We have two groups of swamp wallabies, made up adults and their joeys.
Location in the Zoo:
The main group can be found in our new Wallaby Outback enclosure. The others can seen in the enclosure near the banteng.
Breeding Programme Category
Our wallabies are part of the European Stud Book Prorgramme (ESB)
In the Wild
The swamp wallaby (Wallabia bicolor) is native to eastern Australia, where it ranges from Cape York, Queensland in the north, to Victoria and south-eastern South Australia. Despite their name, swamp wallabies live in forests, scrublands and woodlands with thick undergrowth.
Swamp wallabies resemble kangaroos, but are smaller and have longer fur. Males are larger and heavier than females, while the tail on both sexes is the same length as the body. Their fur is mostly brown, with a lighter chest and a light stripe on each cheek.
Swamp wallabies have a mixed diet feeding on bushes, ferns, flowers, grasses, herbs, plants, shrubs and tree saplings. They can be found grazing in pasture, agricultural crops, and exotic tree plantations. Their molars are specially shaped to help cut through the coarse, thick vegetation of their diet.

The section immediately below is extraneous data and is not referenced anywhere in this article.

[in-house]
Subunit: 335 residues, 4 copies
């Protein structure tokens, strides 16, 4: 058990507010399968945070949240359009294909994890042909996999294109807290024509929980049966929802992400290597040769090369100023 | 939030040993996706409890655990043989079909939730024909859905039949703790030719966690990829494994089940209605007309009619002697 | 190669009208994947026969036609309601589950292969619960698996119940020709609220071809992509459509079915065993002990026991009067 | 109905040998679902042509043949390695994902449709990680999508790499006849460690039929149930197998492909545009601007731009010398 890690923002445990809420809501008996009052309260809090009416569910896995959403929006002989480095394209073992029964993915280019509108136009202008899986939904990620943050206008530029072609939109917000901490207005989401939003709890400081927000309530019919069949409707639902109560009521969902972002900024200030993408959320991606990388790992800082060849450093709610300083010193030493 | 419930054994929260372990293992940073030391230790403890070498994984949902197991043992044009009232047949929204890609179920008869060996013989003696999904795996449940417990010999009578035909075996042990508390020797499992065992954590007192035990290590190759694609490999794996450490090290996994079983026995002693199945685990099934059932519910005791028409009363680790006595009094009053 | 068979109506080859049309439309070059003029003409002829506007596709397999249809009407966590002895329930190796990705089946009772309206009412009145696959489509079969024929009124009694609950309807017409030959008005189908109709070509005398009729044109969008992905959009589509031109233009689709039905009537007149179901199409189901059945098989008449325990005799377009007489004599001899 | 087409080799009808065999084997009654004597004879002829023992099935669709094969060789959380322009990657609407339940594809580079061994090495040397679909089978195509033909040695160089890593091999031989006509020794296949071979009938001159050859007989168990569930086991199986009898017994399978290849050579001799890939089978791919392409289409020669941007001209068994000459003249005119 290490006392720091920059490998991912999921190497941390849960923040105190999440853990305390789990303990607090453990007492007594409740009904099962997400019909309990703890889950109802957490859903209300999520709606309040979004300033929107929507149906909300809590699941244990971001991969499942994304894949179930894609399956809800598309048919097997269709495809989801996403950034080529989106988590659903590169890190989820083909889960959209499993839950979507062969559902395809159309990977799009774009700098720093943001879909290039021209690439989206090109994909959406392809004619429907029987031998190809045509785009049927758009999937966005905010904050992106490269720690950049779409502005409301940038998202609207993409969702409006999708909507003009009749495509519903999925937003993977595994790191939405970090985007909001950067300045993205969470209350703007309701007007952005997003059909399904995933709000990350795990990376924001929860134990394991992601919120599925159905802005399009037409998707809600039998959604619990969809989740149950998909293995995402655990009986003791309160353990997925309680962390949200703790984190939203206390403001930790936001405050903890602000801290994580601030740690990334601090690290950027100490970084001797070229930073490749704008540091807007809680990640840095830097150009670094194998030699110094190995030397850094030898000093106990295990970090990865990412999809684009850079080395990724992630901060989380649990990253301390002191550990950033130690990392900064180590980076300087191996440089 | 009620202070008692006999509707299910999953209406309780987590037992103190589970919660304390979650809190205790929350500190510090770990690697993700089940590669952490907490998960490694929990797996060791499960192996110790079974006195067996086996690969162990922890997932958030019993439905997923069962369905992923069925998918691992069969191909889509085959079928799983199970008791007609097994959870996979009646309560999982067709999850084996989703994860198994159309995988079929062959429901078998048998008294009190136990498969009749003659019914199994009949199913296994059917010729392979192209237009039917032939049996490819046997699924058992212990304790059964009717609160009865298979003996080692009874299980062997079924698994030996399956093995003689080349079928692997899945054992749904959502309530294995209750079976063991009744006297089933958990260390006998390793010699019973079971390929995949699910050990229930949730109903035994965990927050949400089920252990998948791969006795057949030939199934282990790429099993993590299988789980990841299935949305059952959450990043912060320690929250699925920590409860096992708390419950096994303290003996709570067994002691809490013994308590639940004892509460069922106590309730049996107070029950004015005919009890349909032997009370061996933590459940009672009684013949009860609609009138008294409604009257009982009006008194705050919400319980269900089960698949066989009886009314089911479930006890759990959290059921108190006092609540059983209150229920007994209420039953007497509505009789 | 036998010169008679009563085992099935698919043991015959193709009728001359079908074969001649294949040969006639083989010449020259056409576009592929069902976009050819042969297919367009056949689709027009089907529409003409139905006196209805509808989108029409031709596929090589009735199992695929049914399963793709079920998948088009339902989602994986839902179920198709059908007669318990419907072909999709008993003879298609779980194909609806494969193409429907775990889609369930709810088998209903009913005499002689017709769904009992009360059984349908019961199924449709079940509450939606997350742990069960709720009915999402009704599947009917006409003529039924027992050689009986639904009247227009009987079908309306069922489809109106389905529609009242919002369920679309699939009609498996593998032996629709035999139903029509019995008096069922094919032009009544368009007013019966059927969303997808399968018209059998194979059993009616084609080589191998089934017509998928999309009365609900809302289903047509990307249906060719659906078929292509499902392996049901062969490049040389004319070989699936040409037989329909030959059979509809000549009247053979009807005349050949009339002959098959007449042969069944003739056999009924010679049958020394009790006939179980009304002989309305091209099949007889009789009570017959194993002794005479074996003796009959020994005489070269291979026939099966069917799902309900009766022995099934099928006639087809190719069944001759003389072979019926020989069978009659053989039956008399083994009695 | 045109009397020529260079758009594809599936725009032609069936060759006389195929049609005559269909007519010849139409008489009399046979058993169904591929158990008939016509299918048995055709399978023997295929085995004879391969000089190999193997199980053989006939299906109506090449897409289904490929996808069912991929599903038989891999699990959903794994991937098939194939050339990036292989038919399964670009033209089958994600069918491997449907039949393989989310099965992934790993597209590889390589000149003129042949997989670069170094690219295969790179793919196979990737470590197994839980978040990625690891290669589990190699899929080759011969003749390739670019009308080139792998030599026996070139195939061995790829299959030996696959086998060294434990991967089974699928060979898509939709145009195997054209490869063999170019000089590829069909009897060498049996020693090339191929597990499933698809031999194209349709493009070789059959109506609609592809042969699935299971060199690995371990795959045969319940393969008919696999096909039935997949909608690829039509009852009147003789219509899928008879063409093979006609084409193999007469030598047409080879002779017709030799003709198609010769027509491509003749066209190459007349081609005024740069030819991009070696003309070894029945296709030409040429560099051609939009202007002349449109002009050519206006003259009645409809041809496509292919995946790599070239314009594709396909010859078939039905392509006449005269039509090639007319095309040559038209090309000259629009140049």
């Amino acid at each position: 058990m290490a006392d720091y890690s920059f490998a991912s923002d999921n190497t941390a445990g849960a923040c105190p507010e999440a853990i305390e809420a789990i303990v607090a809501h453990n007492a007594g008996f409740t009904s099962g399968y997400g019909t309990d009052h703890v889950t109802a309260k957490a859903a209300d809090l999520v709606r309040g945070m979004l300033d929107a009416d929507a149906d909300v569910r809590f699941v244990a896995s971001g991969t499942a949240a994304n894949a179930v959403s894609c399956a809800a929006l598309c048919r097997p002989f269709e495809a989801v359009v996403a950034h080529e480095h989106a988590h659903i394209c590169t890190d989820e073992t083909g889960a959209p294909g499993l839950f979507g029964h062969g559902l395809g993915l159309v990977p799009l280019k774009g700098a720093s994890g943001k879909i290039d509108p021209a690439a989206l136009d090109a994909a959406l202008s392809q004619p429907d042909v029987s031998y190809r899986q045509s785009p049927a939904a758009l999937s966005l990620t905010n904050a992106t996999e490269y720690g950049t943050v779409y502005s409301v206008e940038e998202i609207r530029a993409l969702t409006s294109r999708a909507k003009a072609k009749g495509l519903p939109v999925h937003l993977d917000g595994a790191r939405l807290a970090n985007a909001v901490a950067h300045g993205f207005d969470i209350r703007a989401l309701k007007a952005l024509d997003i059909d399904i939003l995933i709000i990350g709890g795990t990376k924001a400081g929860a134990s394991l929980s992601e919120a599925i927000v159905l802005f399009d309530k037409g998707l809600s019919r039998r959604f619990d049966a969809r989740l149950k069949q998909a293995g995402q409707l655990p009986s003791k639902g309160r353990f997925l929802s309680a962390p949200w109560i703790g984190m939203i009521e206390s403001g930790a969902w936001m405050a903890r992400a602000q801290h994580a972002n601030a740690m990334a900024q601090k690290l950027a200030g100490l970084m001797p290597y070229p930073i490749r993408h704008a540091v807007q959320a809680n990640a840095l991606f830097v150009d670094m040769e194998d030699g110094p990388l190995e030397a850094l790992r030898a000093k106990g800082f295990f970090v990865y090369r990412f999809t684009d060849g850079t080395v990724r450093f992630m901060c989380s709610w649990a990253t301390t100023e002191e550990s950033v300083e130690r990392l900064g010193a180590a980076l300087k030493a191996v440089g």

Wallabies are similar to kangaroos and koalas in the fact they are marsupials. this means that they have a different reproductive system compares to other mammals. After mating the tiny embryo, which is the size of a jelly bean is born. It crawls into the pouch of the female wallaby and attaches to a teat where it stays for a few months to develop. When the baby (called a joey) is ready to emerge they can often be seen poking out of their mothers pouch before fully emerging, even after this stage they will return to the pouch when frightened for the first few months.